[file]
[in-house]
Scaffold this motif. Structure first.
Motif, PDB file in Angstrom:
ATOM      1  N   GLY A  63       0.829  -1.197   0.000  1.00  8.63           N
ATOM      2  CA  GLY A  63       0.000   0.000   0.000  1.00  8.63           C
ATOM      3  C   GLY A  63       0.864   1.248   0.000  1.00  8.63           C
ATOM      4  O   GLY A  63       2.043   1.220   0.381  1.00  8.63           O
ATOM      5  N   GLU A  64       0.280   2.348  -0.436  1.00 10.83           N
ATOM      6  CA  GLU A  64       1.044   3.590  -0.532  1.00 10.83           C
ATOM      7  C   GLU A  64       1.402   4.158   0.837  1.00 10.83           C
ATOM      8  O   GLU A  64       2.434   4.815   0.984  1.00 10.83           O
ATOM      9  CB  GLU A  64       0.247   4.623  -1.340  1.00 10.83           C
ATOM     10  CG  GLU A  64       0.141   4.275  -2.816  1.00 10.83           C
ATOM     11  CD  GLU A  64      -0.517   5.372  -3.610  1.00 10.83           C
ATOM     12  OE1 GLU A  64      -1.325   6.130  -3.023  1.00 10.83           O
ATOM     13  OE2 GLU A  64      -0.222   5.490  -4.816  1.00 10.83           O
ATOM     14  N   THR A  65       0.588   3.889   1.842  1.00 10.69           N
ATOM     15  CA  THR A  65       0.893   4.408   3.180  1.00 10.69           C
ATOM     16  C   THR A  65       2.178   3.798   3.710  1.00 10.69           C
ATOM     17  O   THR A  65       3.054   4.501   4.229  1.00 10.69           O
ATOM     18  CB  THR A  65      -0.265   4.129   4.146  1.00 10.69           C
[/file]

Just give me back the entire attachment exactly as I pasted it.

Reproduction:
[in-house]
Scaffold this motif. Structure first.
Motif, PDB file in Angstrom:
ATOM      1  N   GLY A  63       0.829  -1.197   0.000  1.00  8.63           N
ATOM      2  CA  GLY A  63       0.000   0.000   0.000  1.00  8.63           C
ATOM      3  C   GLY A  63       0.864   1.248   0.000  1.00  8.63           C
ATOM      4  O   GLY A  63       2.043   1.220   0.381  1.00  8.63           O
ATOM      5  N   GLU A  64       0.280   2.348  -0.436  1.00 10.83           N
ATOM      6  CA  GLU A  64       1.044   3.590  -0.532  1.00 10.83           C
ATOM      7  C   GLU A  64       1.402   4.158   0.837  1.00 10.83           C
ATOM      8  O   GLU A  64       2.434   4.815   0.984  1.00 10.83           O
ATOM      9  CB  GLU A  64       0.247   4.623  -1.340  1.00 10.83           C
ATOM     10  CG  GLU A  64       0.141   4.275  -2.816  1.00 10.83           C
ATOM     11  CD  GLU A  64      -0.517   5.372  -3.610  1.00 10.83           C
ATOM     12  OE1 GLU A  64      -1.325   6.130  -3.023  1.00 10.83           O
ATOM     13  OE2 GLU A  64      -0.222   5.490  -4.816  1.00 10.83           O
ATOM     14  N   THR A  65       0.588   3.889   1.842  1.00 10.69           N
ATOM     15  CA  THR A  65       0.893   4.408   3.180  1.00 10.69           C
ATOM     16  C   THR A  65       2.178   3.798   3.710  1.00 10.69           C
ATOM     17  O   THR A  65       3.054   4.501   4.229  1.00 10.69           O
ATOM     18  CB  THR A  65      -0.265   4.129   4.146  1.00 10.69           C